Your first step should be to objectively evaluate your worksite:
- â€” Look at your plantâ€™s safety record. Trace all recent accidents to their source area. Is the area properly lit and ventilated, and are hazards and directions clearly marked?
Are there dangers that a newer employee might not see? Or would an otherwise pre-occupied veteran employee miss them?
- â€” Have an â€œout-of-bodyâ€ experience. While walking around, consciously force yourself to forget that you know your way around. What would a brand new employee see and do? Would he or she be in more danger than you are simply because you know your way around and where dangers exist?
- â€” Consider the consistency of message delivery. Often, changes in the safety symbols and colors used for the various hazards have changed over the years. This makes subsequent â€” newer â€” versions of the same sign and message slightly different than earlier renditions. Lack of consistency can lead to confusion and misunderstanding, especially given todayâ€™s often multicultural workforce composition. Consistency of message, delivery, colors and symbols has greater impact today than ever before!
What youâ€™re looking for is the proper number of signs, in the proper sizes and locations, with a correct, consistent, precisely stated message and/or directions. If there are any questions in your mind in any area, you probably need more, better, different, perhaps tailored signs to address your specific needs.
- â€” Consider the makeup of your workforce. The percentage of multicultural workers that comprise the average workforce has increased dramatically. Many of these workers continue to rely mostly, if not totally, on their native language. This poses one of the most serious communication issues facing businesses today. Principal among the challenges is the fact that a multi-lingual workforce can render your safety signage virtually meaningless.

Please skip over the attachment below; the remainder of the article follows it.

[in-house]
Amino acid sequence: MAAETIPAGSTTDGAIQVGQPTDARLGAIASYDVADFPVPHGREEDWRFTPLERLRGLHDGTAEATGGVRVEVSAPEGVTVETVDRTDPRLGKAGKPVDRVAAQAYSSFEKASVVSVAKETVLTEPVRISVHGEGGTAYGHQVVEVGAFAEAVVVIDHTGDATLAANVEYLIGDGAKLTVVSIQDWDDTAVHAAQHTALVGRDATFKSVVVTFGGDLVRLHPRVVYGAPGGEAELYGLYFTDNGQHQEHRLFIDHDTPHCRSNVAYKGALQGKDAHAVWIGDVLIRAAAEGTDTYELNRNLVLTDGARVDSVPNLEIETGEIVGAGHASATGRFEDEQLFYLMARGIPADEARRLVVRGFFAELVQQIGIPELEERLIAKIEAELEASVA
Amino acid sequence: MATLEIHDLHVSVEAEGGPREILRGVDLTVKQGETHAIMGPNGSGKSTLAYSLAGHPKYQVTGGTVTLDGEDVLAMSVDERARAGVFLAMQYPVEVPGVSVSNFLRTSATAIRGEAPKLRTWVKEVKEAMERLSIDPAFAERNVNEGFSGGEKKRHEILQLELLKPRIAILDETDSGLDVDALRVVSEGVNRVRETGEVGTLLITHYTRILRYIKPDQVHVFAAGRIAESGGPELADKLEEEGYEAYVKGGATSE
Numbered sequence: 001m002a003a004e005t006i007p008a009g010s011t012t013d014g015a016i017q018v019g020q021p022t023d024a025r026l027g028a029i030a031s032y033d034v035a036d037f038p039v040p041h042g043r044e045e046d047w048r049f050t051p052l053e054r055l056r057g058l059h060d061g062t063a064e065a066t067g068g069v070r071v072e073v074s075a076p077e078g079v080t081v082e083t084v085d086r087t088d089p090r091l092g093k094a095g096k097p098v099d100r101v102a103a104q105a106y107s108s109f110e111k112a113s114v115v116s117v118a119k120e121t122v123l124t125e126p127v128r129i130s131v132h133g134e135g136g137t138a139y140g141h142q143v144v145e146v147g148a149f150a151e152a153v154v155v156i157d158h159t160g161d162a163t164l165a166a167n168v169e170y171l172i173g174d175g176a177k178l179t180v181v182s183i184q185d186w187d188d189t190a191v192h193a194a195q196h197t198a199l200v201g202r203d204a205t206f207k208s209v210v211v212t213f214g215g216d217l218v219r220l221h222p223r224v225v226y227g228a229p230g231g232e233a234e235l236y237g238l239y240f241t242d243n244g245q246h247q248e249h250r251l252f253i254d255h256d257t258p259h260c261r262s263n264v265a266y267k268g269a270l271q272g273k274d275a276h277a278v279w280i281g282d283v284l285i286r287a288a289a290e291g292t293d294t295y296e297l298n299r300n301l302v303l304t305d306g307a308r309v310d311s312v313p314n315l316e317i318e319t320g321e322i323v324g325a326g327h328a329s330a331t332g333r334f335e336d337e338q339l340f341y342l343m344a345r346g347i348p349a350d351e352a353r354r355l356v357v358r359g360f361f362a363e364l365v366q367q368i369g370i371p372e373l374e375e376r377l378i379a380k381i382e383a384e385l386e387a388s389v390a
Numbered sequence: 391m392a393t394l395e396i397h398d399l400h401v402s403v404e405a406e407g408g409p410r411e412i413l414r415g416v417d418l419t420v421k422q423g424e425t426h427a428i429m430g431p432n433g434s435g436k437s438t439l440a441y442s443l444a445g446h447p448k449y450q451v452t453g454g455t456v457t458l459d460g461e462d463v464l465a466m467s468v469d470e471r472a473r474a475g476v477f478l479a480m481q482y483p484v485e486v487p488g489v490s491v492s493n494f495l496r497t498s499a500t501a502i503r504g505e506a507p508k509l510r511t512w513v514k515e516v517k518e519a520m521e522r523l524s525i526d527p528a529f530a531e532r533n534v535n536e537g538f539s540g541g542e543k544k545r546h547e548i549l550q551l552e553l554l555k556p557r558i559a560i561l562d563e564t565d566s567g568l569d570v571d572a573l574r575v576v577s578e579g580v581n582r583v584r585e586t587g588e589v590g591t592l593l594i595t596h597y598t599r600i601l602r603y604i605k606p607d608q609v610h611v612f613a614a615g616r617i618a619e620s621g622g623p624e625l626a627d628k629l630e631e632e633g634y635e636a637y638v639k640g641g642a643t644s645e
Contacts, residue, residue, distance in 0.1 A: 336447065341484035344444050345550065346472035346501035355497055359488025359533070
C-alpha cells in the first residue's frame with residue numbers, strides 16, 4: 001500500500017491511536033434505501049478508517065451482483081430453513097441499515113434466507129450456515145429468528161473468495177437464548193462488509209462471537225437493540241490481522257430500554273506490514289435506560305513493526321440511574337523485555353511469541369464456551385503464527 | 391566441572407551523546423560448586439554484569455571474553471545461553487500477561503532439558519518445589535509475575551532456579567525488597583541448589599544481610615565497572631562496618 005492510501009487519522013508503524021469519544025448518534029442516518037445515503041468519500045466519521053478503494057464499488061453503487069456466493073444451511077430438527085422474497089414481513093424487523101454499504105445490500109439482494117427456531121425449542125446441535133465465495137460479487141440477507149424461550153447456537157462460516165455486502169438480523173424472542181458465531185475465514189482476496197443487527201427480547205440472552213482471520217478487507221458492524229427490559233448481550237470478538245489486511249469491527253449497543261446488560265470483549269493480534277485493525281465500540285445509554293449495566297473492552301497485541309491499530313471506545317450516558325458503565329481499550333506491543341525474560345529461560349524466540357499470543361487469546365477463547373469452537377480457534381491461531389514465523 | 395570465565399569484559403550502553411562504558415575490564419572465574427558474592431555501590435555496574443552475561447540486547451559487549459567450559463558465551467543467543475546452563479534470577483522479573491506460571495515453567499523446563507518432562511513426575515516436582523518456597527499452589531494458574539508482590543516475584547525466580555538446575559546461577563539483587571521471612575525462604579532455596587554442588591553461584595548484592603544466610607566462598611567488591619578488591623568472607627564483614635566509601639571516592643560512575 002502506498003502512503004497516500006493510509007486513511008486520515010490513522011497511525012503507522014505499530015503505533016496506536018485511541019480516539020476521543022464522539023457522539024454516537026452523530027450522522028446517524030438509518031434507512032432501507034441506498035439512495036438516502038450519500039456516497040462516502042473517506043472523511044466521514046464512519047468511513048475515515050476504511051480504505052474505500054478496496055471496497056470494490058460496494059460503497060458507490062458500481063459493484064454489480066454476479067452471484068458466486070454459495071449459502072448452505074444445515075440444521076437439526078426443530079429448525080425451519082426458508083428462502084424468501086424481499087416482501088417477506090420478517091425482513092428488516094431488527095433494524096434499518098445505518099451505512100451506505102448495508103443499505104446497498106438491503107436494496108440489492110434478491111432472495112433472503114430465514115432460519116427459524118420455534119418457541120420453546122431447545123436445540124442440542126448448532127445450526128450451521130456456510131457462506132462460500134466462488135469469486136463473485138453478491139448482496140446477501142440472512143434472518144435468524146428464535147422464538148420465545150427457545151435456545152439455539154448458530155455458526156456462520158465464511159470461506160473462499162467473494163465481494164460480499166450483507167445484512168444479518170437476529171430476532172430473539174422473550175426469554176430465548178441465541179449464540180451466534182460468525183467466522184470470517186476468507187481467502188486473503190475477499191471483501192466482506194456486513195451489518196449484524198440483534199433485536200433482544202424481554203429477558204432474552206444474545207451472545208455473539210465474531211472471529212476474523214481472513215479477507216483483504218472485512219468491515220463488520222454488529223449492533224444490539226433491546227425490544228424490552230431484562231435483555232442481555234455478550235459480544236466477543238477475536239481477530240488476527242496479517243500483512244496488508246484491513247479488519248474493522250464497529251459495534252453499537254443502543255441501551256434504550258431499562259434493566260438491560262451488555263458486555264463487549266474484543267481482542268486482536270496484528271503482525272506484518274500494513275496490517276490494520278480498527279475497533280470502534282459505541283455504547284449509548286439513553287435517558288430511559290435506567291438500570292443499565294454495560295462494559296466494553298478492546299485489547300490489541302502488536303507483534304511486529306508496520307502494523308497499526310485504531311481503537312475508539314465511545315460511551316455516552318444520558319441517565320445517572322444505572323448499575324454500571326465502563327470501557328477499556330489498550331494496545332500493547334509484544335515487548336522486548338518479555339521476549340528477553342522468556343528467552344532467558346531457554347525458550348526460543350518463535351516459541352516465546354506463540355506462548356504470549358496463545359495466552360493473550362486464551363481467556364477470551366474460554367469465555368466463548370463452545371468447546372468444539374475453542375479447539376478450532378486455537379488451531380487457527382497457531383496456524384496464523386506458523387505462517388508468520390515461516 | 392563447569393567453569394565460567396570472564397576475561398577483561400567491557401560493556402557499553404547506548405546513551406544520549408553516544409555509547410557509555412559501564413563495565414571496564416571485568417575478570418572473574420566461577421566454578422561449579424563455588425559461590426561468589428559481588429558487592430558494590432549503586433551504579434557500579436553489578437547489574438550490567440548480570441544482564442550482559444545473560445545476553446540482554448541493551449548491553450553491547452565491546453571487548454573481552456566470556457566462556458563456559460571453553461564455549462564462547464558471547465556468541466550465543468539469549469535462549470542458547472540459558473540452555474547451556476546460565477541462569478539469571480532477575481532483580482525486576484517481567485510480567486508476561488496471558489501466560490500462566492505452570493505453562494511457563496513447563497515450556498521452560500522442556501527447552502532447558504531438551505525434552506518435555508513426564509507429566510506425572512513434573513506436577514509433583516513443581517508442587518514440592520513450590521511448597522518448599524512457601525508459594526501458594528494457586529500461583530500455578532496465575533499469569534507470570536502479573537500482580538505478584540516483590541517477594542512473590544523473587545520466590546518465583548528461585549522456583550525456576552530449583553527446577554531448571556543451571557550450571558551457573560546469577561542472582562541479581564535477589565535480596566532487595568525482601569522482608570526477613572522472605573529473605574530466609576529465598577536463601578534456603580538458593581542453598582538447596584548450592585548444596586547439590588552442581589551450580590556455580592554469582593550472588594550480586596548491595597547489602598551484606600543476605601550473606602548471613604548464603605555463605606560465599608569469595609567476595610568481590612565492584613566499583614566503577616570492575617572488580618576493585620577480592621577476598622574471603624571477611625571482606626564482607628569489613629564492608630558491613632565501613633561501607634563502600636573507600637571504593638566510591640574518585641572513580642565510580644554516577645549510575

- â€” Consider your need for international symbols and industrially harmonized colors, patterns and color schemes. Often these are used in combination with textual copy on signs. While certainly helpful, and oftentimes required, these symbols and color schemes can complicate sign layouts â€” especially when multiple languages are needed. This usually increases the size of signs that include all of the elements in question. Pre-designed signs are usually limited in terms of the permutations that can be depicted. And if you can find them to fit your specific needs, they are often so large that they become more of an obstacle than an assist. Plus, multiple signs in a single area can be a distraction.
Tailoring your messageIf youâ€™ve uncovered issues in any of the areas outlined above, you probably should consider using one of the on-site sign preparation and printing packages.
Things to look for in an on-site sign design and layout package:
- Software packages are available that allow users to easily access and manipulate (if necessary) pre-designed signs that cover literally hundreds of the most common requirements.
- Several brands require their own proprietary printers. Ideally, the package you choose should work with a standard PC and virtually any printer.
- You should be able to resize finished signs â€” including multi-lingual, multi-functional textual communications, graphics and symbols, colors and color schemes â€” to fit specific areas.
- Safety identification is moving to more of a â€œharmonizedâ€ approach to incorporate both ISO and ANSI symbols into new sign formats to permit universal applications. Consider packages that provide international ISO symbols incorporated with the ANSI symbols.
- Recent developments in security have led to the establishment of â€œHomeland Security Symbols,â€ which are becoming more and more prevalent in plant signage, mapping and instructions, as well as for training purposes.